In this section
- Developing Values Schematic - the LVE Method
- Values-Based Atmosphere
- Components of Living Values Activities Units
- Bringing in the Values of Your Culture
- Incorporating Values into the Existing Curriculum
The choices of young people are critically important, not only for their own happiness and well-being at this vulnerable time in their lives, but also for their future. If they are to resist the powerful messages of negativity ubiquitous in our society and on social media, and move toward a love for values and positive socially-conscious choices, they need positive role models and the opportunity to cognitively discern the difference between the impact of values and anti-values on their lives, the community and the world.
LVE activities are designed to motivate students, and to involve them in thinking about themselves, others, the world in relevant ways. The activities are designed to evoke the experience of values within, and build inner resources. They are designed to empower, and to elicit their potential, creativity and inner gifts. Students are asked to reflect, imagine, dialogue, communicate, create, write about, artistically express and play with values. In the process, personal social and emotional skills develop as well as positive, constructive social skills. This is done most effectively when there is a values-based atmosphere and when teachers are passionate about values.
The Living Values Activities resource books are arranged to present a series of skills that build sequentially. However, it is important for educators to integrate values throughout the curriculum; each subject opens a window to view the self and values in relation to the world.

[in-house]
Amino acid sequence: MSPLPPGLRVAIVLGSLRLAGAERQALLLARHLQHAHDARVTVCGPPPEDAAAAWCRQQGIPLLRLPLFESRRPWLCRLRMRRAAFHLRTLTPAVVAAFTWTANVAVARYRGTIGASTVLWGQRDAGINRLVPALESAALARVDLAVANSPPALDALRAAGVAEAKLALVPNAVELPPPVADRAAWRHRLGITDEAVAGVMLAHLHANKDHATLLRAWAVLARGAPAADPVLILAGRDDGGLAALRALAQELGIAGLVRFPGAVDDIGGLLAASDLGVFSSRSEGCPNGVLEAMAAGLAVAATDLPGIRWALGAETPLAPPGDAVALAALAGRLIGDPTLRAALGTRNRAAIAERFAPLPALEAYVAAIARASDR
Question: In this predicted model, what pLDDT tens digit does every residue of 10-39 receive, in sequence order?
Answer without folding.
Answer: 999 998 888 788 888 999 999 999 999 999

Three Core Assumptions
LVE resource materials are built on three assumptions. The first assumption is drawn from a tenet in the Preamble of the United Nations’ Charter, “To reaffirm faith in fundamental human rights, in the dignity and worth of the human person ....”
Universal values teach respect and dignity for each and every person. Learning to enjoy those values promotes well-being for individuals and thelarger society.
Each student does care about values and has the capacity to positivelycreate and learn when provided with opportunities.
Students thrive in a values-based atmosphere in a positive, safeenvironment of mutual respect and care — where students are regarded ascapable of learning to make socially conscious choices.